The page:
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Articles

Conserving forest genetic resources

Special attention should be paid to species that are of definite importance to more than one country and for which action requires international dimension. Documenting the status of these resources is vital to the conservation and sustainable management of forests across the globe which requires a better understanding of specific features of forest trees and their genetic diversity.

 


 

 

It is however noted that in Kenya research efforts are being put on some tree species such as Prunus Africana, Warbugia ugandensis and East Africa Sandalwood - the latter being the first tree to receive presidential protection for five years. Tree genetic resources are under great pressure and national programmes and local communities need technical advice and support. In the absence of adequate knowledge, countries are in danger of not being able to meet their internal demands for wood energy, food, environmental and ecosystems, which underpins overall sustainable development.

When forest genetic variation is lost through degradation and deforestation or inappropriate selection process, the successive generations are less able to respond to adverse conditions such as atmospheric pollution, climate change, pests and diseases. It is therefore important that forest genetic resources are conserved for the present and future generation.

Genetic diversity provides the fundamental basis for the evolution of forest tree species and for their adaptation to change. Conserving forest genetic resources is therefore vital, as they are unique and irreplaceable resources for the future.

Source: Science Africa Vol. 16 (June-July 2011 Issue)

News Flash

 

 

Forests and Landscape Restoration – A key component of climate change mitigation and Adaptation. 

 

By the National REDD+ Coordination Office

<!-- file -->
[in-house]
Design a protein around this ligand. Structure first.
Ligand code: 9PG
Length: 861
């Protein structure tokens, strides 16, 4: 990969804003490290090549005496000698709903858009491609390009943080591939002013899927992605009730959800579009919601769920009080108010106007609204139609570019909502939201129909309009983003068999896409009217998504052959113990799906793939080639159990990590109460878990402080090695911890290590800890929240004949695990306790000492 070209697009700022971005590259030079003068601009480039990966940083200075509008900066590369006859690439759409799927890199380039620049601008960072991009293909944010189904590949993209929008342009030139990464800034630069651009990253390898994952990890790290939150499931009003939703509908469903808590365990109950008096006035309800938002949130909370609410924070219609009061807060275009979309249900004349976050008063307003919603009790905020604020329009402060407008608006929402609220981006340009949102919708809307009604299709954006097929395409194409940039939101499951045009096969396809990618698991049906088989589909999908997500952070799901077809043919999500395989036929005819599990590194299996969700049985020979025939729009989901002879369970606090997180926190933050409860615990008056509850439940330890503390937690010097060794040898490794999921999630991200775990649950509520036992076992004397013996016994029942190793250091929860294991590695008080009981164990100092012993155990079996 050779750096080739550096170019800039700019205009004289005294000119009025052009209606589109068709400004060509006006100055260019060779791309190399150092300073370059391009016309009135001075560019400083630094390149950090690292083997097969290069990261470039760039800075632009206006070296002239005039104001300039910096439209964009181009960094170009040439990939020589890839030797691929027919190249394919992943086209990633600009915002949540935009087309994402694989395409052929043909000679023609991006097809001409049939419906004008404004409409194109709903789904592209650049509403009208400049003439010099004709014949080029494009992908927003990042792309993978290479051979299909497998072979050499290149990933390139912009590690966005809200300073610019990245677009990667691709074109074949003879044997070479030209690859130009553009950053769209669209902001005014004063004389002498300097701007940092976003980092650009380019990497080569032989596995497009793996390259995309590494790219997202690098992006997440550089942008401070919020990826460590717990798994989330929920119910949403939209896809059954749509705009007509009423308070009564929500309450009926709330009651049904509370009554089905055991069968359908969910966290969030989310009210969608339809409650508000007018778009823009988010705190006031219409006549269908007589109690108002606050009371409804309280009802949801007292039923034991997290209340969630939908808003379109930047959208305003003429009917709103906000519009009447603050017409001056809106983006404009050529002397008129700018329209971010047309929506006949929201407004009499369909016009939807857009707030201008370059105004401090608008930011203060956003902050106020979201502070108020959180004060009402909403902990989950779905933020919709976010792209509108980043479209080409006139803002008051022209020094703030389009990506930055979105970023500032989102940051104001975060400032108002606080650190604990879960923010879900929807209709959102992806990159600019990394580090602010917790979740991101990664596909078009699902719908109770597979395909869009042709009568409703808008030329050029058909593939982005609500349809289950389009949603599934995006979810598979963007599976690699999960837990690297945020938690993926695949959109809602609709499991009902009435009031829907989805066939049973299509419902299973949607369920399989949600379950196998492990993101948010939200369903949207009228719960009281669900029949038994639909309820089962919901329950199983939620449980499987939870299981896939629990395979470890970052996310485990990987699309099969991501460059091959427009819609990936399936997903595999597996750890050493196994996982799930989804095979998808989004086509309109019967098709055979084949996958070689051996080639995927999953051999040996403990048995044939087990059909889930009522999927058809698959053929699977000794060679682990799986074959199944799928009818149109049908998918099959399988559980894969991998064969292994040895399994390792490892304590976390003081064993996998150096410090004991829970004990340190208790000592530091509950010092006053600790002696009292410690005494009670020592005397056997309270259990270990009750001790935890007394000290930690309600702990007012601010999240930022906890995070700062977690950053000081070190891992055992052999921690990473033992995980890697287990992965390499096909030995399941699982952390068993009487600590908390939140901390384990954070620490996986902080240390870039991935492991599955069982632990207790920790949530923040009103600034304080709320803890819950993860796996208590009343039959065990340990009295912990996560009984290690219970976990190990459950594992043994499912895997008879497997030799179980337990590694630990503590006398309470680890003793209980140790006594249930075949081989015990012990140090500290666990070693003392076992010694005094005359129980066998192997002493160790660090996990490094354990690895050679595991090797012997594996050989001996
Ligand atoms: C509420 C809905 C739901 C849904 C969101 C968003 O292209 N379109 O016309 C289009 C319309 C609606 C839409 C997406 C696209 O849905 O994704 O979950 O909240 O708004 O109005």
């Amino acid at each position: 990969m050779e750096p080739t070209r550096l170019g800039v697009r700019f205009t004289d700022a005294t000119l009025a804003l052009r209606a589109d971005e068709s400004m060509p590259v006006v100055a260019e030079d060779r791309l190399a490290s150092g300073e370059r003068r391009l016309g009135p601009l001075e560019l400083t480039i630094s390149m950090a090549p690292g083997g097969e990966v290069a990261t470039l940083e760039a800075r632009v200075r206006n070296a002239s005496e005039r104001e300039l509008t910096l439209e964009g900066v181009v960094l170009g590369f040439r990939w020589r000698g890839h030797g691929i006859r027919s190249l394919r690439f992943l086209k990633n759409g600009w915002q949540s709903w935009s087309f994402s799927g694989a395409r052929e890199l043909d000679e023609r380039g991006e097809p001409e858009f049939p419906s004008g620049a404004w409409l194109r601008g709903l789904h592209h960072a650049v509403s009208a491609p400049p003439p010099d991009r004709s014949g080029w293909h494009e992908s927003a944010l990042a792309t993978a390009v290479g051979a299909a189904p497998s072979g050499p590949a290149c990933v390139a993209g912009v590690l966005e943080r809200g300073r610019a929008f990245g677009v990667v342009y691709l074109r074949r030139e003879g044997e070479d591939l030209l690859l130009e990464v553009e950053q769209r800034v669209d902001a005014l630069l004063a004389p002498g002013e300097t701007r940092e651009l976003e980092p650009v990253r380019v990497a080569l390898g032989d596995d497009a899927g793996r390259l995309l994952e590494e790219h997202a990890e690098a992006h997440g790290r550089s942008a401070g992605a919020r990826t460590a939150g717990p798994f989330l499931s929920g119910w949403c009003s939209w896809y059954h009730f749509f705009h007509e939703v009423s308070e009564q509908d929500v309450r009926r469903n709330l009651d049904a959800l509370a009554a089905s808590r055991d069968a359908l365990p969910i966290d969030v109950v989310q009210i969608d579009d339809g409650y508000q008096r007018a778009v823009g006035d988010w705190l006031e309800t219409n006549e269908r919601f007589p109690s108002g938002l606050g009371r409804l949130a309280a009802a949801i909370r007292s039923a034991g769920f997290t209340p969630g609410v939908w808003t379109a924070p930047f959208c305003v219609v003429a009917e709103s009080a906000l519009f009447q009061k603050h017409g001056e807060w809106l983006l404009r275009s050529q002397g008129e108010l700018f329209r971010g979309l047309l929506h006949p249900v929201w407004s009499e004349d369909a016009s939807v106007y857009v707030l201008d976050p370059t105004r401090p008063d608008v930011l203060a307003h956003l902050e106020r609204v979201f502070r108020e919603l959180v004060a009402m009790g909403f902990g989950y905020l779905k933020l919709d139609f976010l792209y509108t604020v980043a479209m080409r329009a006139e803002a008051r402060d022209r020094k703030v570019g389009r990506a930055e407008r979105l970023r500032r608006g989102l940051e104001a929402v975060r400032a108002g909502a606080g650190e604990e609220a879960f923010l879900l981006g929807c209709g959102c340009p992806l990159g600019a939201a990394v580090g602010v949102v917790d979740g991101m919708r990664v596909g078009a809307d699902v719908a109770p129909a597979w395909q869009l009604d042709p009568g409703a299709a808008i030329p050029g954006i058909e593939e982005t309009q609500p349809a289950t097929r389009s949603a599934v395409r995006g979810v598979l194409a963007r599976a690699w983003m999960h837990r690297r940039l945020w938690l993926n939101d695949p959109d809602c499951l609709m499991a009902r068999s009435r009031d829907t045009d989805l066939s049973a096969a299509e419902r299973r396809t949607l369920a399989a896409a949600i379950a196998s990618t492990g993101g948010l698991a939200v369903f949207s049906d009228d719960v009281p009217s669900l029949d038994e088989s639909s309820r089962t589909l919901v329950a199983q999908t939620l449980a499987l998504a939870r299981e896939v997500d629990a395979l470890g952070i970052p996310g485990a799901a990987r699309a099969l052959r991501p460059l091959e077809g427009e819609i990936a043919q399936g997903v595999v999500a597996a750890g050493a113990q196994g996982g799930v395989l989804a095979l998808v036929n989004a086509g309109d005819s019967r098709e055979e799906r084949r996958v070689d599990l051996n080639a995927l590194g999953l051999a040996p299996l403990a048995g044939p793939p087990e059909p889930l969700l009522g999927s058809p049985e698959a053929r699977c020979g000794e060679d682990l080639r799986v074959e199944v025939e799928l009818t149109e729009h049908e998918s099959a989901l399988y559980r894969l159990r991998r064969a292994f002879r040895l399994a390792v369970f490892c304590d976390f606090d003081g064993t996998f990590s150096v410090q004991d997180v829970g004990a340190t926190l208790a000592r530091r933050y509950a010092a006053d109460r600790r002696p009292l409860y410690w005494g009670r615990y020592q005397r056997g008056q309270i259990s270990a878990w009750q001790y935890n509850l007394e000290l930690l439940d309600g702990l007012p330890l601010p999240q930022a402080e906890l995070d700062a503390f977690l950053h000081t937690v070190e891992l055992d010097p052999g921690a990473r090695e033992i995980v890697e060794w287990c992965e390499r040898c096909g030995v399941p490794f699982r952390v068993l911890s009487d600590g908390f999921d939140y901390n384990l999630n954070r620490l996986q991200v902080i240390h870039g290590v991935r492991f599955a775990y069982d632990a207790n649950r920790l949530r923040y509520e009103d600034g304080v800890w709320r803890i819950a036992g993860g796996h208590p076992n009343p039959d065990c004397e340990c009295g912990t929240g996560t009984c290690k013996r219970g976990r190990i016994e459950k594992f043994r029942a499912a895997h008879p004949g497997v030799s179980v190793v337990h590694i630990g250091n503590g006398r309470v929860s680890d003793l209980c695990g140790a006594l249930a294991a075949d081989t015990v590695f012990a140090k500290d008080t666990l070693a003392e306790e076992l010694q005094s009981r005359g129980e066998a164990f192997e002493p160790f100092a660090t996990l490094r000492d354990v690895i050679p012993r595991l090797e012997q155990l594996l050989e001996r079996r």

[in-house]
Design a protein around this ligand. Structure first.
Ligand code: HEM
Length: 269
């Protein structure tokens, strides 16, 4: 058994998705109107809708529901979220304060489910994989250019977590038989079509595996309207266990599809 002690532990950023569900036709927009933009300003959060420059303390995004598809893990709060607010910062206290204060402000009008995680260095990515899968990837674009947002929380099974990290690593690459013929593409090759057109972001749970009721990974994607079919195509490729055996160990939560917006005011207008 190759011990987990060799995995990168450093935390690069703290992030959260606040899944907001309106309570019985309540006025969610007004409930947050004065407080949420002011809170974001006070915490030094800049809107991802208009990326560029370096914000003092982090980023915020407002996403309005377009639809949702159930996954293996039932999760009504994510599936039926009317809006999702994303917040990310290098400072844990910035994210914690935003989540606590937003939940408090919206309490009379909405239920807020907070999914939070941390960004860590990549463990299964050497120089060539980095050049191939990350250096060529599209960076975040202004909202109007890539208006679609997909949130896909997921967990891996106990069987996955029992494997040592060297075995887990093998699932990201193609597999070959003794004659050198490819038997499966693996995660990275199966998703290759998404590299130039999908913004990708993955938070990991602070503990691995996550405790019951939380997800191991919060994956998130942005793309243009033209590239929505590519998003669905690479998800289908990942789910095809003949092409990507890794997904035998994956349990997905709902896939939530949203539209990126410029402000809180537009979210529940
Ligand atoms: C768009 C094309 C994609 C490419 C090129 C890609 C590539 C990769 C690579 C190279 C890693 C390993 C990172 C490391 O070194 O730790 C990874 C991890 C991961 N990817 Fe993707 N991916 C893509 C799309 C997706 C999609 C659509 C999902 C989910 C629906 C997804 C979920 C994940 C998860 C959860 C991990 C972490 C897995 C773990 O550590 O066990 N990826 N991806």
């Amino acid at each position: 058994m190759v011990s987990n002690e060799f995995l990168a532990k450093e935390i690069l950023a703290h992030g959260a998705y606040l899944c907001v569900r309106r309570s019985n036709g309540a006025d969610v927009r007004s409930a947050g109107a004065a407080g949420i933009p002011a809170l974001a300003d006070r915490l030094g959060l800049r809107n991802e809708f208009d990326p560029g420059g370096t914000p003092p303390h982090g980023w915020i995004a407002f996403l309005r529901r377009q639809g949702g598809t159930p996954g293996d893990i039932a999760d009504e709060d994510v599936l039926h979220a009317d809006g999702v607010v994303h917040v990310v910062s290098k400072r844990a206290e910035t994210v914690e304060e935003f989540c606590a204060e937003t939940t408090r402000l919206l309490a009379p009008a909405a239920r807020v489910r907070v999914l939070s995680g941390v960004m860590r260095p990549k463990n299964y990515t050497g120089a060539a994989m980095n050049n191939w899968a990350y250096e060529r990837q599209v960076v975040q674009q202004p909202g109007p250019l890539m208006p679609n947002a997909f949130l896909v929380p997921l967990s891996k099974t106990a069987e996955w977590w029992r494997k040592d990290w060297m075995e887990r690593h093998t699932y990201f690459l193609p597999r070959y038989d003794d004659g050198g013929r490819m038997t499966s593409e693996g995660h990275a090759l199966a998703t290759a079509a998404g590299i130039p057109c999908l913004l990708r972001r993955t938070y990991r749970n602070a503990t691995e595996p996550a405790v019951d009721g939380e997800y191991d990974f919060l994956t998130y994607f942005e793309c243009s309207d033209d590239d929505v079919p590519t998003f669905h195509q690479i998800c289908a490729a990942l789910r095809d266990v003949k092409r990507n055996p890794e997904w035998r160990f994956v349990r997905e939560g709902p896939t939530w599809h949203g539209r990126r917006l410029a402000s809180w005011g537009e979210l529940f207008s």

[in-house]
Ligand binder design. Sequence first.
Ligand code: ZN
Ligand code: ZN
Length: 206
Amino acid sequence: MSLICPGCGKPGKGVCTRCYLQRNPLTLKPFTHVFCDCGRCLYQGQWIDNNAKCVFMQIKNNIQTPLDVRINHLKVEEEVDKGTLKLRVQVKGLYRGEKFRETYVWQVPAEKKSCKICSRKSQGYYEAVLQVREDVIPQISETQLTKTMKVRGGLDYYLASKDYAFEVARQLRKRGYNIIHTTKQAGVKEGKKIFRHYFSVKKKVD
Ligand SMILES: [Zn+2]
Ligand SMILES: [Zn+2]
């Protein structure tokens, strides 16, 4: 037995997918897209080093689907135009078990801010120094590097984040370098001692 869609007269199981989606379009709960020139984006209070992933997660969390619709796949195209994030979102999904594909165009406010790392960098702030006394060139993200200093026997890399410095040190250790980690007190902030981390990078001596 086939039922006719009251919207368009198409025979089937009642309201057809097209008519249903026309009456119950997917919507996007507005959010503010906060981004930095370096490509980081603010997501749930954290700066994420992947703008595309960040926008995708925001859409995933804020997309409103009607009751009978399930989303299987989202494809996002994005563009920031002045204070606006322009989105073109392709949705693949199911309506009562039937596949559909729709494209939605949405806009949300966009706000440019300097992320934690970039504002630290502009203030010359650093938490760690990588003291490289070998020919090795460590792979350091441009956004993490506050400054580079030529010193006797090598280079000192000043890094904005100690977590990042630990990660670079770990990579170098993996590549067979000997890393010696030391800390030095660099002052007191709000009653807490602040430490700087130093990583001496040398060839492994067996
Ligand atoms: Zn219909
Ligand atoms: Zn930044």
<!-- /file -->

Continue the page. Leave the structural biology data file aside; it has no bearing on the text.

In many parts of the world, people have started to restore degraded forests and landscapes, creating many new opportunities to reduce poverty, improve food security, address climate change and conserve soil, water and biodiversity. The growing awareness of the importance of forest and landscape restoration can be attributed to several international processes, including the UNFCCC, Bonn Challenge which set a target of restoring at least 150 million hectares of degraded land by 2020 and the Convention on Biological Diversity’s Aichi Biodiversity Targets which calls for countries to restore at least 15 percent of their degraded ecosystems by 2020. 

 

Forest Landscape Restoration (FLR) refers to a process that aims to regain ecological integrity and enhance human well being in deforested or degraded forest landscapes by restoring the function and productivity of degraded forest lands. FLR relies on active stakeholder engagement and can accommodate different land uses, including agriculture, agroforestry, protected wildlife reserves, regenerated forests, managed plantations, and riverside plantings. 

 

Forest Landscape Restoration (FLR) has been identified as a key area of focus if the forestry sector is to support the realization of national goals and ambitions reflected in several legislations, policies, economic blue prints and strategies. 

 

To ensure effectiveness and harmonization of on-going and future restoration initiatives in the country, the government through Kenya Forest Service is coordinating a multi-stakeholder project on “National Landscape Restoration Mapping” in collaboration with the World Resource Institute, Clinton Climate Initiative and the Green Belt Movement.  

 

Further to this, the landscape restoration will be an important tool in helping the country meet its economic, development and environmental goals. To ensure these initiatives are linked and coordinated, Kenya Forest Service has established a Landscape Restoration Technical Working Group, with its members drawn from multiple sectors. The working group has so far made tremendous progress on analyzing landscape restoration options for the country. The options identified include reforestation and rehabilitation of natural forests, farm forestry and woodlots on cropland, commercial tree and bamboo plantations, tree- based buffers along waterways, wetlands and roads, as well as silvo-pastoral and rangeland restoration. This restoration options have the potential to restore ecosystems services associated with trees, such as erosion control, regulation of water flows, soil quality and forest habitat. 

 

In addition the Technical Working Group has produced maps and associated area statistics as proposed priority restoration areas. These maps will help in identifying opportunities to scale up restoration efforts to reduce erosion, increase livelihood diversification, fodder production, as well as present potential areas for commercial plantations among others. 

 

This project is coordinated under the overall guidance of the National REDD+ Coordination Office.

 

 

 

 

 

 

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